Monthly Archives: April 2014
This is a part of a continuing series of posts covering Game Boy downports of popular console titles. You can find a detailed introduction here.
Max Payne for the GBA was released in 2003, a little over two years after the PC version. With a story essentially identical to the PC game, Max Payne tells the violent noir tragedy of the titular character, an undercover agent investigating the trade of Valkyr, a new illegal substance that has appeared on the streets of New York. While probing a bank robbery, Max is framed for the killing of his only contact on the right side of justice. Against his better judgment, Max then sets out on a bloody quest to gain vengeance against those who would destroy him, ultimately resulting in him confronting the root cause of the Valkyr trade.
For the handheld version, we see the popular noir third person action title converted into an isometric shooter. As one might imagine, this has many drawbacks. Max will often get attacked by unseen enemies just off screen which can get frustrating in some of the more wide open environments where it is difficult to pinpoint where those enemies are. Also, Max is only able to shoot in the direction he’s facing which can make evasion of enemy fire difficult, as you can only move in the direction you’re trying to fire in. In addition, there’s some light platforming which can be difficult since it’s hard to gauge relative positions in 3D space (if you’ve ever played Landstalker, you know this is a problem for isometric games). The problem with platforming is exacerbated since missing a jump results in instant death, and, unlike the PC version where you can quick save anywhere, the GBA version only allows four deaths before the entire level must be restarted again.
It may sound like a frustrating game, but many of these idiosyncrasies are alleviated somewhat by the game’s bullet time. Max Payne is well known as possibly the first game to deploy a Matrix-style “bullet time” feature which allows players to slow down time and line up shots. The bullet time is limited by a timer which can be replenished with each kill. It seems that they were very conscious with the problems of aiming controls, as the GBA version is very generous with its timer, and it’s something you will need to rely on heavily to make it through the game successfully. Because of the aforementioned issues with combat, you will probably spend most of your time in bullet time where it’s far easier to aim. Consequently, the game is often rather bereft of challenge.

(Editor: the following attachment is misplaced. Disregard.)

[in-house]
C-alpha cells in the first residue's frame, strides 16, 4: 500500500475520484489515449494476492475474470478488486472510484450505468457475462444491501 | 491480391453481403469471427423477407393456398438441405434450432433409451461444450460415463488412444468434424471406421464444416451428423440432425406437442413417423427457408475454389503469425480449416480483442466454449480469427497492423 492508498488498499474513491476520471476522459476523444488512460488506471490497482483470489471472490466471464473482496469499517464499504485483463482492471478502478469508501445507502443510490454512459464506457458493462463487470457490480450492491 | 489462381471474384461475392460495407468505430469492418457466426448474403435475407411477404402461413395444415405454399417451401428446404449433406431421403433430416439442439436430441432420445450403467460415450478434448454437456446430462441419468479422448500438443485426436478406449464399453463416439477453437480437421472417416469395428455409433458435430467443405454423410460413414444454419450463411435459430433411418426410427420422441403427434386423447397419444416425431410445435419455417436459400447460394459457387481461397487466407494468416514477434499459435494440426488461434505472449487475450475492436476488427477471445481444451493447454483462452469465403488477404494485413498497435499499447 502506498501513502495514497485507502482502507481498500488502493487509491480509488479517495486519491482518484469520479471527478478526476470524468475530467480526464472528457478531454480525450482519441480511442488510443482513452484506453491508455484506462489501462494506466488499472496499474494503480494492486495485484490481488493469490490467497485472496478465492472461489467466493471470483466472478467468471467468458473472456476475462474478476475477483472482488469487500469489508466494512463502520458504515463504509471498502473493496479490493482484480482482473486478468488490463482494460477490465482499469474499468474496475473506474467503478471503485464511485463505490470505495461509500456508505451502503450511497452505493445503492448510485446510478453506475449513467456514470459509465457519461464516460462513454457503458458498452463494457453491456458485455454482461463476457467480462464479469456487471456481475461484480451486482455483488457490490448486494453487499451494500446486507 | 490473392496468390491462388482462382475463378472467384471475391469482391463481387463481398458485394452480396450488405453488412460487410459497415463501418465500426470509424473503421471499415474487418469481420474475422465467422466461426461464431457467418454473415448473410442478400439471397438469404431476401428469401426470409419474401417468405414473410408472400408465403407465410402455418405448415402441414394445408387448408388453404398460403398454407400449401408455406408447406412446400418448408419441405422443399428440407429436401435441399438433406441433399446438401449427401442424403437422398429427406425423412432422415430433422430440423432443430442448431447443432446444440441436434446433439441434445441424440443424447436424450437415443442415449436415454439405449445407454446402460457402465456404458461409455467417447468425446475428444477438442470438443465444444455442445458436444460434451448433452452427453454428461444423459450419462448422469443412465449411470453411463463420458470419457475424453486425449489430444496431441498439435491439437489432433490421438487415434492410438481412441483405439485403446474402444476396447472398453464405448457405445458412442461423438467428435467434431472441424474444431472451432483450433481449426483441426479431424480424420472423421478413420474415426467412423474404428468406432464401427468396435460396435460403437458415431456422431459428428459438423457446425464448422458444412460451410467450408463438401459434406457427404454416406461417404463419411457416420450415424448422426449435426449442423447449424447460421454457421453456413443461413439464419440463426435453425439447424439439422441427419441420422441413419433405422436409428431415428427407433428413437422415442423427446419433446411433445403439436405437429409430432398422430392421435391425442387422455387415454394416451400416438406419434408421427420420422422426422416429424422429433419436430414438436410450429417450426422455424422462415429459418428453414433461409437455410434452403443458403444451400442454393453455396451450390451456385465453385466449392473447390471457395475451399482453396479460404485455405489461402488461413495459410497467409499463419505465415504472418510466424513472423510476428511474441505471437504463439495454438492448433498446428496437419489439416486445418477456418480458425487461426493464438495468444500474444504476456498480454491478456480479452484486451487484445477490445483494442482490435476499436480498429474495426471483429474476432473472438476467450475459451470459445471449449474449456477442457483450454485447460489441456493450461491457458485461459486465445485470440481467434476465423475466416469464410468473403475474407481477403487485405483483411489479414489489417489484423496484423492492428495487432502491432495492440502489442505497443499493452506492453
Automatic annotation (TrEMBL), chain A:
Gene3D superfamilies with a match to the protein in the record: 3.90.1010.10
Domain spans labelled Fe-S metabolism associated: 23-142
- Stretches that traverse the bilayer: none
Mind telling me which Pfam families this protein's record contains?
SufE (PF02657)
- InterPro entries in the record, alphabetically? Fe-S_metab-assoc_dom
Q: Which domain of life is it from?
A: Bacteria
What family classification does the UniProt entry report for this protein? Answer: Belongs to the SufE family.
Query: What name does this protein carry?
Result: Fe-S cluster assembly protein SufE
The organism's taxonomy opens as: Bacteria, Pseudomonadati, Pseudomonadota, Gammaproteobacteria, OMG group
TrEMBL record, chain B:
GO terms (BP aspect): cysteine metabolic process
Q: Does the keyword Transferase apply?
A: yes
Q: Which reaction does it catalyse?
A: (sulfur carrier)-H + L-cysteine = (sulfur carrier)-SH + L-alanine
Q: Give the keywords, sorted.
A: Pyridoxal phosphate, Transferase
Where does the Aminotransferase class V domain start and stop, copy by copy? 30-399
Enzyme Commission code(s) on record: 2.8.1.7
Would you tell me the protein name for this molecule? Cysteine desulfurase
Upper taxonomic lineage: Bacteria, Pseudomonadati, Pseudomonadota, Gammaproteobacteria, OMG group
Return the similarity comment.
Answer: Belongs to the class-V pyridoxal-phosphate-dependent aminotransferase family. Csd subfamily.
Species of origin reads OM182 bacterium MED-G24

Max Payne GBA tells essentially the same story as the much lauded PC version. Many of the set pieces remain, such as storming Club Ragnarock and the rooftop chase of Vinni Gognitti. While the combat can be sketchy in the handheld version, it does manage to nail the moodiness and gloom of the original. The game is fully voice acted, with many of the original’s lines intact. Cutscenes are also in the familiar comic book panel style. Some fans will be glad to hear that the dream sections of Max’s family are largely no longer playable sections, instead relegated to cutscenes.
It’s difficult for me to recommend this game, even to Max Payne fans. While it completely manages to capture the atmosphere of the original game in spite of the lo-fi GBA graphics, the core game play is only okay at best. I won’t say it’s terrible, as it usually offers a means of working around its idiosyncrasies, but it’s really not exceptional either. And if you’ve already played the original version, you basically know the story (and if you haven’t, you should go play that version).
I often get frustrated by a great deal of video game narrative these days. Particularly in big budget action games at retail, storytelling in games is often trite, shallow, staged with samey-characters and saturated with the same repeating tropes and plot twists. Considering how obsessed big developers are with giving claims to high quality storytelling, they are essentially all telling the same one: There is a guy on a mission which requires him to fight a lot of people. Maybe the details differ a little bit from game to game. Maybe it’s a woman instead of a guy, or maybe instead of a gun, it’s a sword, or maybe instead of fighting people, they’re fighting robots. But essentially it’s the same template of an ultraviolent quest, only framed with different motives and setting.
In no other storytelling medium are the narratives so singularly focused on chronicling the exploits of characters with huge body counts. In film, we have violent action movies like Terminator and Aliens, but we also have a large number of movies where not a single character ever dies or is involved in an act of violence (go look at most of the critically acclaimed movies from last year). But the vast majority of video games are about powerful protagonists at the center of violent conflicts.